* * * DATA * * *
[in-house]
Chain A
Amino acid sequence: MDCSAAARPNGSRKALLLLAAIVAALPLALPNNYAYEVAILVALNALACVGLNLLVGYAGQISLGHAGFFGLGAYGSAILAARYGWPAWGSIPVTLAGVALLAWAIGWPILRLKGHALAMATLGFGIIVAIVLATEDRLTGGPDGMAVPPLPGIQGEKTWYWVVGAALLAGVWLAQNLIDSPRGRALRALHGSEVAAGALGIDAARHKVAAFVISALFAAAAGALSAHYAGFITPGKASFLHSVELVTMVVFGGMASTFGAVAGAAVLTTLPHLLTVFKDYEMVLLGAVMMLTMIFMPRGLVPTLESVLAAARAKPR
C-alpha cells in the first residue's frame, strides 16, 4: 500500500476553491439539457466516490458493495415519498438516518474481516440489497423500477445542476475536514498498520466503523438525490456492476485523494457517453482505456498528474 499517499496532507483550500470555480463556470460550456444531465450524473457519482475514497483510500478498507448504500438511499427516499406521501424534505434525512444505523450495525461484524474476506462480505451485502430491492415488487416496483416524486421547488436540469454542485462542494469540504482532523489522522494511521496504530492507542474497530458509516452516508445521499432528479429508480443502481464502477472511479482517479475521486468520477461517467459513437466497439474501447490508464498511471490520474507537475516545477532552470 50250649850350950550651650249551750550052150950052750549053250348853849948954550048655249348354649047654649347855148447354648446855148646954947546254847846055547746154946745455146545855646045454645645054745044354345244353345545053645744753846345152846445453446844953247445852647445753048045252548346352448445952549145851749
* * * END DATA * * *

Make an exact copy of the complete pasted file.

[in-house]
Chain A
Amino acid sequence: MDCSAAARPNGSRKALLLLAAIVAALPLALPNNYAYEVAILVALNALACVGLNLLVGYAGQISLGHAGFFGLGAYGSAILAARYGWPAWGSIPVTLAGVALLAWAIGWPILRLKGHALAMATLGFGIIVAIVLATEDRLTGGPDGMAVPPLPGIQGEKTWYWVVGAALLAGVWLAQNLIDSPRGRALRALHGSEVAAGALGIDAARHKVAAFVISALFAAAAGALSAHYAGFITPGKASFLHSVELVTMVVFGGMASTFGAVAGAAVLTTLPHLLTVFKDYEMVLLGAVMMLTMIFMPRGLVPTLESVLAAARAKPR
C-alpha cells in the first residue's frame, strides 16, 4: 500500500476553491439539457466516490458493495415519498438516518474481516440489497423500477445542476475536514498498520466503523438525490456492476485523494457517453482505456498528474 499517499496532507483550500470555480463556470460550456444531465450524473457519482475514497483510500478498507448504500438511499427516499406521501424534505434525512444505523450495525461484524474476506462480505451485502430491492415488487416496483416524486421547488436540469454542485462542494469540504482532523489522522494511521496504530492507542474497530458509516452516508445521499432528479429508480443502481464502477472511479482517479475521486468520477461517467459513437466497439474501447490508464498511471490520474507537475516545477532552470 50250649850350950550651650249551750550052150950052750549053250348853849948954550048655249348354649047654649347855148447354648446855148646954947546254847846055547746154946745455146545855646045454645645054745044354345244353345545053645744753846345152846445453446844953247445852647445753048045252548346352448445952549145851749